A graduate in product design was awarded the £30,000 international prize for developing a bioplastic made of organic fish waste as an alternative to plastic packaging in the food and drinks industry, according to the Guardian.
Lucy Hughes from the University of Sussex picked up the James Dyson award for her biodegradable and compostable material known as MarinaTex, having already taken top prize in the UK awards.
The product is translucent and strong, making it suitable for single-use packaging such as sandwich wrappers and bags, breaking down in home compost or food waste bins within four to six weeks.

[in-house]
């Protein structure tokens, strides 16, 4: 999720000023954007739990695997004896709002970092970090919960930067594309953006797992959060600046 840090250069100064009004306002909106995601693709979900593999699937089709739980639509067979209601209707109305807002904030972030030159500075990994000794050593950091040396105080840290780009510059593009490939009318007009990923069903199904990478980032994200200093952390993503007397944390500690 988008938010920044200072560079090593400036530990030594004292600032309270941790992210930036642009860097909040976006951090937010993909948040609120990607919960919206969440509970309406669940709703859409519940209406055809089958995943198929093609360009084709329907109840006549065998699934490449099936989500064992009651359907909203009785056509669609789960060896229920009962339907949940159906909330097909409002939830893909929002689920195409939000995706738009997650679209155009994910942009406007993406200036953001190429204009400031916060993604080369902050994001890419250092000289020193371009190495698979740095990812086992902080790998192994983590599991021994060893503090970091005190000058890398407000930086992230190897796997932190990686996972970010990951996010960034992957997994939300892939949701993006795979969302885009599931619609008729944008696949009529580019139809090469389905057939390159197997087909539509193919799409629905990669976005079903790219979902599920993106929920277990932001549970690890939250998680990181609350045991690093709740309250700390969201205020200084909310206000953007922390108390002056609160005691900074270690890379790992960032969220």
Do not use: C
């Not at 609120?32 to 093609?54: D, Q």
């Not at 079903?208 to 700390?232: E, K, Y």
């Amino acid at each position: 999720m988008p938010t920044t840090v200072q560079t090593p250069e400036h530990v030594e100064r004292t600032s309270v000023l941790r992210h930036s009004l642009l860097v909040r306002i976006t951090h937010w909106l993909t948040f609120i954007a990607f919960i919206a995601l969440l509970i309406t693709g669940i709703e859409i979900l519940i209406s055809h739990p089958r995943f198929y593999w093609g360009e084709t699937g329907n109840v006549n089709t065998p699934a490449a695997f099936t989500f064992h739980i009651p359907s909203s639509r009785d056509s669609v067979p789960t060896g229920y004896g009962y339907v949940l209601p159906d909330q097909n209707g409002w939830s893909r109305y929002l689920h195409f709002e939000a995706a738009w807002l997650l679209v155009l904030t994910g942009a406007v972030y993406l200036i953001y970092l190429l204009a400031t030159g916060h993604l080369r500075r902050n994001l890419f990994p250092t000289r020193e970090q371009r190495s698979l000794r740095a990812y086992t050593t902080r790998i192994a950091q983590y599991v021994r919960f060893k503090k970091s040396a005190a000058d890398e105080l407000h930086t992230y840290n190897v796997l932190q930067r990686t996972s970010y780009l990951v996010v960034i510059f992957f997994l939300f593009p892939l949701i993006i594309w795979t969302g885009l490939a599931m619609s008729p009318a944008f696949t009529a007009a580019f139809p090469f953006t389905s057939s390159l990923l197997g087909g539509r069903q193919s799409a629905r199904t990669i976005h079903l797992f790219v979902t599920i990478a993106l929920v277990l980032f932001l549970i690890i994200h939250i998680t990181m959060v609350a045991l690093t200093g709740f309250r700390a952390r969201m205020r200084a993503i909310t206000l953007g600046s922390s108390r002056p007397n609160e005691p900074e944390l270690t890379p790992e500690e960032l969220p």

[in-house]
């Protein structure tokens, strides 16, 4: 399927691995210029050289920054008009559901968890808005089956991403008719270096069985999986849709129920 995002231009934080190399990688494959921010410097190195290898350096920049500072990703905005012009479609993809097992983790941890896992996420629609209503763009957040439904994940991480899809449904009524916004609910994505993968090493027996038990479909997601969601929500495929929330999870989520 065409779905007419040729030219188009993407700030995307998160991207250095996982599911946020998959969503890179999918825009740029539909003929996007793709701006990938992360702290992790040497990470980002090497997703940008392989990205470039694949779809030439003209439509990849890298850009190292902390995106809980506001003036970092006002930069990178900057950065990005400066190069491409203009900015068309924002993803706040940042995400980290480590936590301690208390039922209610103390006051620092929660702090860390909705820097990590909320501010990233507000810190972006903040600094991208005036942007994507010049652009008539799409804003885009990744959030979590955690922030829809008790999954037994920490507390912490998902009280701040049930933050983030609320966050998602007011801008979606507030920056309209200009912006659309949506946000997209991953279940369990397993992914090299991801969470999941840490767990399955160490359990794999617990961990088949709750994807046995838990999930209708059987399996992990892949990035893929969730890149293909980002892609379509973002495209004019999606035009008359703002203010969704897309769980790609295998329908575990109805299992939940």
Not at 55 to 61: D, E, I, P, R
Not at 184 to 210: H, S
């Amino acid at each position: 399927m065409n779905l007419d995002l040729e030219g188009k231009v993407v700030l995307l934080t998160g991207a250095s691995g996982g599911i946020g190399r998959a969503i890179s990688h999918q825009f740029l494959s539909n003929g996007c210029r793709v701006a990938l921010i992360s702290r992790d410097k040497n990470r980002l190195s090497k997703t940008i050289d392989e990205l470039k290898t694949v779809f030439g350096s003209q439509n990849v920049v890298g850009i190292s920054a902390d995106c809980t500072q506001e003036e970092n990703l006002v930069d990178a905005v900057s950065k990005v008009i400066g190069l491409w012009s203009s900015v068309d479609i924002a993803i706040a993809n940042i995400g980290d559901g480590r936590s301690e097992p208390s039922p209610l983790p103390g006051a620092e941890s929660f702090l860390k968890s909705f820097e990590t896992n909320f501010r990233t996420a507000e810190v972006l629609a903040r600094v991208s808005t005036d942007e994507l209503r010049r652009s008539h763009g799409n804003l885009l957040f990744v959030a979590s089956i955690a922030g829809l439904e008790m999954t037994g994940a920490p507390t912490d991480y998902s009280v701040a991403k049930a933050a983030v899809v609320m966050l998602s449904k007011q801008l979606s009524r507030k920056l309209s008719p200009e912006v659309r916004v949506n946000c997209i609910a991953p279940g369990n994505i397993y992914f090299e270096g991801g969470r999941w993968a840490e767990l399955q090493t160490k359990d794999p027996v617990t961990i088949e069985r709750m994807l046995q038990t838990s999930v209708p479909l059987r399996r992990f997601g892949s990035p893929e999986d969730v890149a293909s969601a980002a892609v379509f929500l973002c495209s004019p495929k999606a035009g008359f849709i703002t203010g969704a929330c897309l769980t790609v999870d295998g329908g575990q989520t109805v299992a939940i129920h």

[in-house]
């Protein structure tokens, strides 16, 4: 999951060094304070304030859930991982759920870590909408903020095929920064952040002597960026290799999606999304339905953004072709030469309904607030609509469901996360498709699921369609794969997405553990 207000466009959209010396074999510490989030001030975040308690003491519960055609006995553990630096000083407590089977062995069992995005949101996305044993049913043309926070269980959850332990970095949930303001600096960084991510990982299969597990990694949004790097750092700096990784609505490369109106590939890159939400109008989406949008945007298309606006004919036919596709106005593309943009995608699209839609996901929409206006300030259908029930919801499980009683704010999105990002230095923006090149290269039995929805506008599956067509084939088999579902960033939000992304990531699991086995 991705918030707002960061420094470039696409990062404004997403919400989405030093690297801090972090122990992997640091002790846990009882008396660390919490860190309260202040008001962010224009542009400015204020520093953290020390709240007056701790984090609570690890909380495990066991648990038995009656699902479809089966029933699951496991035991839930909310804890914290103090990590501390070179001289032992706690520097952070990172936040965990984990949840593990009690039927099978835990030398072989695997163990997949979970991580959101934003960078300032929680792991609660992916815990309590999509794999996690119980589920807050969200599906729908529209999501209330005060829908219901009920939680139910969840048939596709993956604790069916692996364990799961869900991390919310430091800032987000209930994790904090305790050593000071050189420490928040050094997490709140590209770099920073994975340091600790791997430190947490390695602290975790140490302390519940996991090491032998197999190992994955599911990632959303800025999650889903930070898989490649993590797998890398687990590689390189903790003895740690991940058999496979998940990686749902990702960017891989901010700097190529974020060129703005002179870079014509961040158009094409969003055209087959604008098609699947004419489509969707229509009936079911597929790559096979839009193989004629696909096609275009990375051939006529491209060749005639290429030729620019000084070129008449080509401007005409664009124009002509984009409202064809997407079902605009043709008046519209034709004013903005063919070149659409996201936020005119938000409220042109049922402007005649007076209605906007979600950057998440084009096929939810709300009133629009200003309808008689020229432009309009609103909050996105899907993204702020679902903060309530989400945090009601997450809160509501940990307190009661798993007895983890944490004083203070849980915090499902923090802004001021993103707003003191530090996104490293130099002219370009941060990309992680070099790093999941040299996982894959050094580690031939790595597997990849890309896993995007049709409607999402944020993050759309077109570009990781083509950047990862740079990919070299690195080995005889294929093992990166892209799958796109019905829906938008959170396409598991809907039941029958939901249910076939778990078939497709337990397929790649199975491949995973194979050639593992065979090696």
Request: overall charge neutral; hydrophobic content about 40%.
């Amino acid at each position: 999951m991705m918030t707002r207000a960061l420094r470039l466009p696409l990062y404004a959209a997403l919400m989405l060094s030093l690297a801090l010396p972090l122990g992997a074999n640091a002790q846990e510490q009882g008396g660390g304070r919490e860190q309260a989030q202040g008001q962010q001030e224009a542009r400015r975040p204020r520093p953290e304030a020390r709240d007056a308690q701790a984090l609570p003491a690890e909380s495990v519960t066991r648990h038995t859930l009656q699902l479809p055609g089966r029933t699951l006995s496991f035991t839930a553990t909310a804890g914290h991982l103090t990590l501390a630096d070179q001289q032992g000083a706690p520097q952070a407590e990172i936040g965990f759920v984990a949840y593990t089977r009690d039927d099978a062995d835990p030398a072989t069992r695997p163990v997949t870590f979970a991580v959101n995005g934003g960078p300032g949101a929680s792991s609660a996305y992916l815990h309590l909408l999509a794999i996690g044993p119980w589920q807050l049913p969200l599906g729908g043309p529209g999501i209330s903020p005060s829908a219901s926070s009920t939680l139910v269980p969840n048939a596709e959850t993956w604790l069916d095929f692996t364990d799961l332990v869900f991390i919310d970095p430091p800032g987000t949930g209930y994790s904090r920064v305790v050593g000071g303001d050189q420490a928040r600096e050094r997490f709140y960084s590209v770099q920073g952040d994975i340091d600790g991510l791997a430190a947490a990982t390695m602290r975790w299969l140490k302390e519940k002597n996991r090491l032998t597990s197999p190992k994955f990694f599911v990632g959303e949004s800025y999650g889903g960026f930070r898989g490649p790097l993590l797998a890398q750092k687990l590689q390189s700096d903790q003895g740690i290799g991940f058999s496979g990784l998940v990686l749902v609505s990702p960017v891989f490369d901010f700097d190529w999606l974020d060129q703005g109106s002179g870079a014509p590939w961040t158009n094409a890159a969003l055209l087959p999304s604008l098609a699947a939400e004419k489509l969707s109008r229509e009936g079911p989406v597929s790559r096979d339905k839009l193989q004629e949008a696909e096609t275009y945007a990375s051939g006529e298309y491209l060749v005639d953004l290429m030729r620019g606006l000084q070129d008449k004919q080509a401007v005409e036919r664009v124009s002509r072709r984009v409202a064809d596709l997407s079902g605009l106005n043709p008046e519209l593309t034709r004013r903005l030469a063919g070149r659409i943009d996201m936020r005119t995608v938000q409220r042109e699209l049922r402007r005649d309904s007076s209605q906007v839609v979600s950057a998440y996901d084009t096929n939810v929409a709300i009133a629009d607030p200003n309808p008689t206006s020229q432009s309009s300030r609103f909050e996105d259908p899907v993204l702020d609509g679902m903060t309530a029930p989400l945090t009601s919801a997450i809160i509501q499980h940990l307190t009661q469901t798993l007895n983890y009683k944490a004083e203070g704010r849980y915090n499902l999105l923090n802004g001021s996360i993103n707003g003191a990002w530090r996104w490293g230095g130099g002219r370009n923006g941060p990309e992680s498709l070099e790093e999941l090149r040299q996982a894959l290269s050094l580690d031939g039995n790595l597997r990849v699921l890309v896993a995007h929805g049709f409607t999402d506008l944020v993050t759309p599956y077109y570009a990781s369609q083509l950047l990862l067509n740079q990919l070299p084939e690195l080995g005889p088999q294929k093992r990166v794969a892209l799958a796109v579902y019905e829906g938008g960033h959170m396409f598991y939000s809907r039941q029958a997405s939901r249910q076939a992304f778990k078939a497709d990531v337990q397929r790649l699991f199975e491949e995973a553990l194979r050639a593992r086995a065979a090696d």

The annual award scheme is run by the James Dyson Foundation, designer Sir James Dyson’s charitable trust, and challenges young people to “design something that solves a problem”.
Dyson commented: “Young engineers have the passion, awareness and intelligence to solve some of the world’s biggest problems. Ultimately, we decided to pick the idea the world could least do without. MarinaTex elegantly solves two problems: the ubiquity of single-use plastic and fish waste.”
“Plastic is an amazing material and as a result, we have become too reliant on it,” added Hughes. “It makes no sense that we’re using plastic for products that have a life cycle of less than a day. I’m excited to have the chance to undertake further research and development to explore all possible uses.”